Peugeot 205 Manual
Cylinder head - dismantling, cleaning, inspection and reassemblyEngine removal and overhaul procedures / Cylinder head - dismantling, cleaning, inspection and reassembly
Note: New and reconditioned cylinder heads are available from the manufacturer, and from engine overhaul specialists. Be aware that some specialist tools are required for the dismantling and inspection procedures, and new components may not be readily available.
It may therefore be more practical and economical for the home mechanic to purchase a reconditioned head, rather than dismantle, inspect and recondition the original head.
1 Remove the cylinder head as described in Part A, B or C of this Chapter (as applicable).
2 If not already done, remove the inlet and exhaust manifolds with reference to the relevant Part of Chapter 4.
3 Remove the camshaft, followers and shims (as applicable) as described in Part A, B or C of this Chapter.
4 Using a valve spring compressor, compress each valve spring in turn until the split collets can be removed. Release the compressor, and lift off the spring retainer, spring and spring seat. Using a pair of pliers, carefully extract the valve stem oil seal from the top of the guide (see illustrations).
6.4a Compress the valve spring with a compressor and remove the split collets . . .
6.4b . . . Release the compressor and remove the spring retainer . . .
6.4c . . . spring . . .
6.4d . . . spring seat and valve stem oil seal
5 If, when the valve spring compressor is screwed down, the spring retainer refuses to free and expose the split collets, gently tap the top of the tool, directly over the retainer, with a light hammer. This will free the retainer.
6 Withdraw the valve through the combustion chamber (see illustration).
6.6 Withdraw the valve through the combustion chamber
7 It is essential that each valve is stored together with its collets, retainer, spring, and spring seat. The valves should also be kept in their correct sequence, unless they are so badly worn that they are to be renewed. If they are going to be kept and used again, place each valve assembly in a labelled polythene bag or similar small container (see illustration).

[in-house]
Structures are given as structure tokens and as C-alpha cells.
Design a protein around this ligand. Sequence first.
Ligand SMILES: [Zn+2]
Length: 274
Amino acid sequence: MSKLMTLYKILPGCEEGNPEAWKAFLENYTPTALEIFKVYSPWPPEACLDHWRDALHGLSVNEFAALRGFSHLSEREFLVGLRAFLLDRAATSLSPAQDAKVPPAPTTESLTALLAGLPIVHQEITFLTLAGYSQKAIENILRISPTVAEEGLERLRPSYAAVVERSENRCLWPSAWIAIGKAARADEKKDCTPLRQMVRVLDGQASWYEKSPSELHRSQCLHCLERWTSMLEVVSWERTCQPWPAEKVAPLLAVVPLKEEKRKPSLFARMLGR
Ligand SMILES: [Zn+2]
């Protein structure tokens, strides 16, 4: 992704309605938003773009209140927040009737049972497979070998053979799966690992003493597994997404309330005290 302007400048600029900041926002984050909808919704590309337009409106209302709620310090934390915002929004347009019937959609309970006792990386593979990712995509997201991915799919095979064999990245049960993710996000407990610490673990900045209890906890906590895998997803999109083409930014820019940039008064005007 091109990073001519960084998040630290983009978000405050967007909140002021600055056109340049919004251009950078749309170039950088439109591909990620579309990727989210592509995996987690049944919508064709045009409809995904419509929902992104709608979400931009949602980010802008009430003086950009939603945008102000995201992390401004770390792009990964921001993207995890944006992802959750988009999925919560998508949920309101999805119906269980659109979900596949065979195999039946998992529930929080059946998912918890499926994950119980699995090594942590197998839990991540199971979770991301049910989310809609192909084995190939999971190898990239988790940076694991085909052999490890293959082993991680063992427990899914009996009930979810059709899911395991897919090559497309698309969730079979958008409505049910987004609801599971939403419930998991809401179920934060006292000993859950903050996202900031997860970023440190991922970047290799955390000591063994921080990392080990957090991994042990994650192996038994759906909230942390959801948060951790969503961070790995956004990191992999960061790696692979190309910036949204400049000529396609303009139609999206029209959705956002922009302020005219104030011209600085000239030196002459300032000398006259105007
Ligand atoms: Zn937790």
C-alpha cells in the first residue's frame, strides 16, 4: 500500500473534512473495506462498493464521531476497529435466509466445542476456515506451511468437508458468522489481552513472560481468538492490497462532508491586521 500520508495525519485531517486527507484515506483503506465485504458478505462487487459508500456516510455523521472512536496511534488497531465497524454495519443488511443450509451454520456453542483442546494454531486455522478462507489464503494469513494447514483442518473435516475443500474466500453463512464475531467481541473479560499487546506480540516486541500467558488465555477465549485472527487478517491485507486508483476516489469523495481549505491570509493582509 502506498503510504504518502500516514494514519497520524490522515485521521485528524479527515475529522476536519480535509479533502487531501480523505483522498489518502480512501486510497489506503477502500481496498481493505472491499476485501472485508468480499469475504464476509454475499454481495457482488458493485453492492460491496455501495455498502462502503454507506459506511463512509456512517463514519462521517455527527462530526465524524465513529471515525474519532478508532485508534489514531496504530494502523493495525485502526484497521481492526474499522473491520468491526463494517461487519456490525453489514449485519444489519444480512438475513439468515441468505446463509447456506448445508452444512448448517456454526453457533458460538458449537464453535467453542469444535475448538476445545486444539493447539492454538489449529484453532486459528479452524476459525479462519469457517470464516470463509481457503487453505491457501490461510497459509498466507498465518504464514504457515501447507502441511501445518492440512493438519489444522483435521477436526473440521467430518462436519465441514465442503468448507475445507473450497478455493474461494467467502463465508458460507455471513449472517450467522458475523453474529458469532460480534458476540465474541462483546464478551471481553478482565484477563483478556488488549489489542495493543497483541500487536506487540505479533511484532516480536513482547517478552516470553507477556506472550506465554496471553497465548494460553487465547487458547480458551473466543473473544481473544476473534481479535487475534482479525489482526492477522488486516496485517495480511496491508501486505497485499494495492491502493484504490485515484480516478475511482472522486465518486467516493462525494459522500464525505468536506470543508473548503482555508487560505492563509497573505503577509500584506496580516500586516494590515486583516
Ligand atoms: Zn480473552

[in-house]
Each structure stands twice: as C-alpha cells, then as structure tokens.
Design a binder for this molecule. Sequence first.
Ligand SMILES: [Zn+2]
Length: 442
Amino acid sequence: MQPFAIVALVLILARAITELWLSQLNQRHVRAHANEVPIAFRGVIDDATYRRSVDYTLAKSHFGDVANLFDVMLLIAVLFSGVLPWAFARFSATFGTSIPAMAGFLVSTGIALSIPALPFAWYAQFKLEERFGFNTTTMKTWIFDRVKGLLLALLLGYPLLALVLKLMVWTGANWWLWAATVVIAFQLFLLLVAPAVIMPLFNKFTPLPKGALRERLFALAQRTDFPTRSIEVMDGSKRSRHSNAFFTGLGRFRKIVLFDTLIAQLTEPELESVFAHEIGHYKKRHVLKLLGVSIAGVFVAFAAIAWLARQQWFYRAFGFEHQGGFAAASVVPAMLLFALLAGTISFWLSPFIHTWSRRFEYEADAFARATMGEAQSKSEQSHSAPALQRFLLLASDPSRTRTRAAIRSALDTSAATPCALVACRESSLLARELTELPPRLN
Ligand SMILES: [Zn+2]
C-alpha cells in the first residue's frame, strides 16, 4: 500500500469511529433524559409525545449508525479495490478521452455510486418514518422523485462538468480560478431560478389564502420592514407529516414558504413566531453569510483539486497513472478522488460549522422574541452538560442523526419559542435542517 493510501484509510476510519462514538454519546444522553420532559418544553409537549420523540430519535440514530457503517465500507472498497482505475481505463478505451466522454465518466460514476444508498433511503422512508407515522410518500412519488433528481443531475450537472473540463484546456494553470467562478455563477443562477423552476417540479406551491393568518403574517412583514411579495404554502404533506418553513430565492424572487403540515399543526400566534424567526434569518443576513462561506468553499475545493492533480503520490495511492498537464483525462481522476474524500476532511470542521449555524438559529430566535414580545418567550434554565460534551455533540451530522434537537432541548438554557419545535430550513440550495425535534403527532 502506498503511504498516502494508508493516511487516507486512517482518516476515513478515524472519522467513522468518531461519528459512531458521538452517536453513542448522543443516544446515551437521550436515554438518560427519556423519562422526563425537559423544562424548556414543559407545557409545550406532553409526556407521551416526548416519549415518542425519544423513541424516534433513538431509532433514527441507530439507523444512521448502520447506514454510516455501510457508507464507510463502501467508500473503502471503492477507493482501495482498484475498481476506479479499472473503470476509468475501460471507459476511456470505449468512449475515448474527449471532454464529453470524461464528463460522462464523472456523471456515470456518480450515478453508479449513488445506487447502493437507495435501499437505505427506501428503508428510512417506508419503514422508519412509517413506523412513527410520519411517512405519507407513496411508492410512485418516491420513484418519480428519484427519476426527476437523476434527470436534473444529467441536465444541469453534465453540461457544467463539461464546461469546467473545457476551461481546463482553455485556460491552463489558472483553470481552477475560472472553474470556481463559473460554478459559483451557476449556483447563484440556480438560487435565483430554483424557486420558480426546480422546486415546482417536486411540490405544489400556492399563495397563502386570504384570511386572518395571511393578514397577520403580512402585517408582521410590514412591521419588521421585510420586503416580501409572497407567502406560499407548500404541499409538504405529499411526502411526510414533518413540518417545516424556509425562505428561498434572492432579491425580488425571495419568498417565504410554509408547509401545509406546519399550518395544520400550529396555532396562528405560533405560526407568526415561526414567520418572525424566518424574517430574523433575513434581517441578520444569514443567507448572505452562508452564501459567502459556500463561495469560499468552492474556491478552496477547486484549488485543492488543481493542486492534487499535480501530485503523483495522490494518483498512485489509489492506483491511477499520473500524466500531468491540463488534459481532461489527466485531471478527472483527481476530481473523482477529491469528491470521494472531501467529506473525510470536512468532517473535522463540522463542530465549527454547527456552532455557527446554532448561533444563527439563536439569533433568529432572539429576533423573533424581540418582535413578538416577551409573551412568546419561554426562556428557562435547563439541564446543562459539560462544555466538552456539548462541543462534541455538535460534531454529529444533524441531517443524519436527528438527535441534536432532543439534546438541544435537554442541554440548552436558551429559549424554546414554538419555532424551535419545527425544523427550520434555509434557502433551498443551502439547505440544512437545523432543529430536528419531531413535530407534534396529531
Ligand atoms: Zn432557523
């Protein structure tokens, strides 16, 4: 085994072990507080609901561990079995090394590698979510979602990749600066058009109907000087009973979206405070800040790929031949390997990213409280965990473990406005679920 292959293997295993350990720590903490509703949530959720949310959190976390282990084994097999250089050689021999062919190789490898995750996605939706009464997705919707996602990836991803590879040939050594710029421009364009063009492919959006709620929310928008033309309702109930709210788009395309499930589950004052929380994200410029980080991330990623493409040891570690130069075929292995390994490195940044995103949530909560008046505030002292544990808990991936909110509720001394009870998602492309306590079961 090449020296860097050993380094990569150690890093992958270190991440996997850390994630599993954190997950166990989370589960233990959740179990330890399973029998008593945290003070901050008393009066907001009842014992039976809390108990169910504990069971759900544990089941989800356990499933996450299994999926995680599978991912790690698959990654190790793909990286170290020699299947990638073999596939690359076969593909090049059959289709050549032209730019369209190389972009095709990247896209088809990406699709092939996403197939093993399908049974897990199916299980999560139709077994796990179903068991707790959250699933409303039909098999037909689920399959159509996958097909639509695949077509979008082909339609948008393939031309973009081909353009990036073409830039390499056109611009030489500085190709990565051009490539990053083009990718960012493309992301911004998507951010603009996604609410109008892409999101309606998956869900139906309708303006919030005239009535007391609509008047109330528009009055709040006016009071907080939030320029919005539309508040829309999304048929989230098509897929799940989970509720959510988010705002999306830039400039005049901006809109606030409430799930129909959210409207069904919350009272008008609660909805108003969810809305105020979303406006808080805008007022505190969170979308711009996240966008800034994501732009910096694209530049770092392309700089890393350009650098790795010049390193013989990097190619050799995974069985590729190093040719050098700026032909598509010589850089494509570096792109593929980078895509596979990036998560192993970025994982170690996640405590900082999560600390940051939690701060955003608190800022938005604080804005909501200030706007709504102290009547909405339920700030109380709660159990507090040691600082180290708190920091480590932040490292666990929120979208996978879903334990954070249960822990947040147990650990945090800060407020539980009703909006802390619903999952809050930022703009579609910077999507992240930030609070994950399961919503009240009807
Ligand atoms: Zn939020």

6.7 Place each valve and its associated components in a labelled polythene bag
Note that No 1 valve is nearest to the transmission (flywheel/driveplate) end of the engine.
8 Thoroughly clean all traces of old gasket material and sealing compound from the cylinder head upper and lower mating surfaces. Use a suitable cleaning agent together with a soft putty knife; do not use a metal scraper or the faces will be damaged.
9 Remove the carbon from the combustion chambers and ports, then clean all traces of oil and other deposits from the cylinder head, paying particular attention to the bearing journals, cam follower bores (where applicable), valve guides and oilways.
10 Wash the head thoroughly with paraffin or a suitable solvent. Take plenty of time and do a thorough job. Be sure to clean all oil holes and galleries very thoroughly, dry the head completely and coat all machined surfaces with light oil.
11 Scrape off any heavy carbon deposits that may have formed on the valves, then use a power-operated wire brush to remove deposits from the valve heads and stems.
Note: Be sure to perform all the following inspection procedures before concluding that the services of an engineering works are required. Make a list of all items that require attention.
12 Inspect the head very carefully for cracks, evidence of coolant leakage, and other damage. If cracks are found, a new cylinder head should be obtained.
13 Use a straight-edge and feeler blade to check that the cylinder head gasket surface is not distorted. If it is, it may be possible to have it machined. Seek the advice of a Peugeot dealer or engine overhaul specialist if distortion is suspected.
14 Examine the valve seats in each of the combustion chambers. If they are severely pitted, cracked, or burned, they will need to be renewed or re-cut by an engine overhaul specialist. If they are only slightly pitted, this can be removed by grinding-in the valve heads and seats with fine valve-grinding compound, as described below.
15 Check the valve guides for wear by inserting the relevant valve, and checking for side-to-side motion of the valve. A very small amount of movement is acceptable. If the movement seems excessive, remove the valve.